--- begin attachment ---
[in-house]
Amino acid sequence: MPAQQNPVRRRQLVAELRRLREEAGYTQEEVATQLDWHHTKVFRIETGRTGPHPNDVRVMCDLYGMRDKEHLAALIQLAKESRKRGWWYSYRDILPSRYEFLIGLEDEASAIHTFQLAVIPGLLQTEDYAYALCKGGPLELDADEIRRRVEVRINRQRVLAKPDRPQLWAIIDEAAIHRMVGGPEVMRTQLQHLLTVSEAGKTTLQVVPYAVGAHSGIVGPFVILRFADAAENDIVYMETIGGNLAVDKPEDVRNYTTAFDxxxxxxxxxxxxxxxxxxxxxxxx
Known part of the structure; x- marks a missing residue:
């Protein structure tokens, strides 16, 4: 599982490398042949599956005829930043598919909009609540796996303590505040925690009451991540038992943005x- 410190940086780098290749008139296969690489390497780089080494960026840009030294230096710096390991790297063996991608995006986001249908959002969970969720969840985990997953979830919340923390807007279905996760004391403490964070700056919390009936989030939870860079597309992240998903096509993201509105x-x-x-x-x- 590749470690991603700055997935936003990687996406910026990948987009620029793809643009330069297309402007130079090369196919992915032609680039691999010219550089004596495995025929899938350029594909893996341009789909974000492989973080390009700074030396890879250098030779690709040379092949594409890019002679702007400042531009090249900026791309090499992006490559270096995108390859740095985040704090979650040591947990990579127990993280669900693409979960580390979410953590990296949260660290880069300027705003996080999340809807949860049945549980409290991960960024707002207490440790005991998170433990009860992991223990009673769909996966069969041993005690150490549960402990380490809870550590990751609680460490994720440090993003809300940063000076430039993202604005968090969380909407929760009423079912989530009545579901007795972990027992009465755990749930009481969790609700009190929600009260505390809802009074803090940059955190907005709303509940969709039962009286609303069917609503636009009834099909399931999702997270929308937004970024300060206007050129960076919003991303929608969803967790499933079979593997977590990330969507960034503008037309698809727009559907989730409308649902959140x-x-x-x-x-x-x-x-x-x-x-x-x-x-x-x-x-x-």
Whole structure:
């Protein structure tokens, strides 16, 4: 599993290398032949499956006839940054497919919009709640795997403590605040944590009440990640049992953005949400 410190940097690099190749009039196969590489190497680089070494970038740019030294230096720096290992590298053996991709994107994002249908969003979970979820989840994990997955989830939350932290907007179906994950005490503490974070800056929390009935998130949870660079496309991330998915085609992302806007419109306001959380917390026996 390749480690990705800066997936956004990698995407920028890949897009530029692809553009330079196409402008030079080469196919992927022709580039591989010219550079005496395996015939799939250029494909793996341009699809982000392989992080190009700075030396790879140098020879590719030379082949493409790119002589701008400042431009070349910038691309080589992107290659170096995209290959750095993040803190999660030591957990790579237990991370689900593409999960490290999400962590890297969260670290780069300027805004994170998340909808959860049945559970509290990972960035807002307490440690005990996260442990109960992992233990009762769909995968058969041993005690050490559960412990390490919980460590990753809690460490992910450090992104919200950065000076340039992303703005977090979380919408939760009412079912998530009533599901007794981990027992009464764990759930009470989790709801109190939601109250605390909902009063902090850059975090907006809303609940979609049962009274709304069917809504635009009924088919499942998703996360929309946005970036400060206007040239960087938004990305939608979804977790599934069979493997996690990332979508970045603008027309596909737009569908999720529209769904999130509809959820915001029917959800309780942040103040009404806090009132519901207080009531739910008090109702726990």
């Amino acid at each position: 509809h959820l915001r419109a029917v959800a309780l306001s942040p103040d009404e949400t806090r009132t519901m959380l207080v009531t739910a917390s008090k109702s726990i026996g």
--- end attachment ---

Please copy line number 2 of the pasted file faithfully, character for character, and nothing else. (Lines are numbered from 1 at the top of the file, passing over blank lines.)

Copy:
Amino acid sequence: MPAQQNPVRRRQLVAELRRLREEAGYTQEEVATQLDWHHTKVFRIETGRTGPHPNDVRVMCDLYGMRDKEHLAALIQLAKESRKRGWWYSYRDILPSRYEFLIGLEDEASAIHTFQLAVIPGLLQTEDYAYALCKGGPLELDADEIRRRVEVRINRQRVLAKPDRPQLWAIIDEAAIHRMVGGPEVMRTQLQHLLTVSEAGKTTLQVVPYAVGAHSGIVGPFVILRFADAAENDIVYMETIGGNLAVDKPEDVRNYTTAFDxxxxxxxxxxxxxxxxxxxxxxxx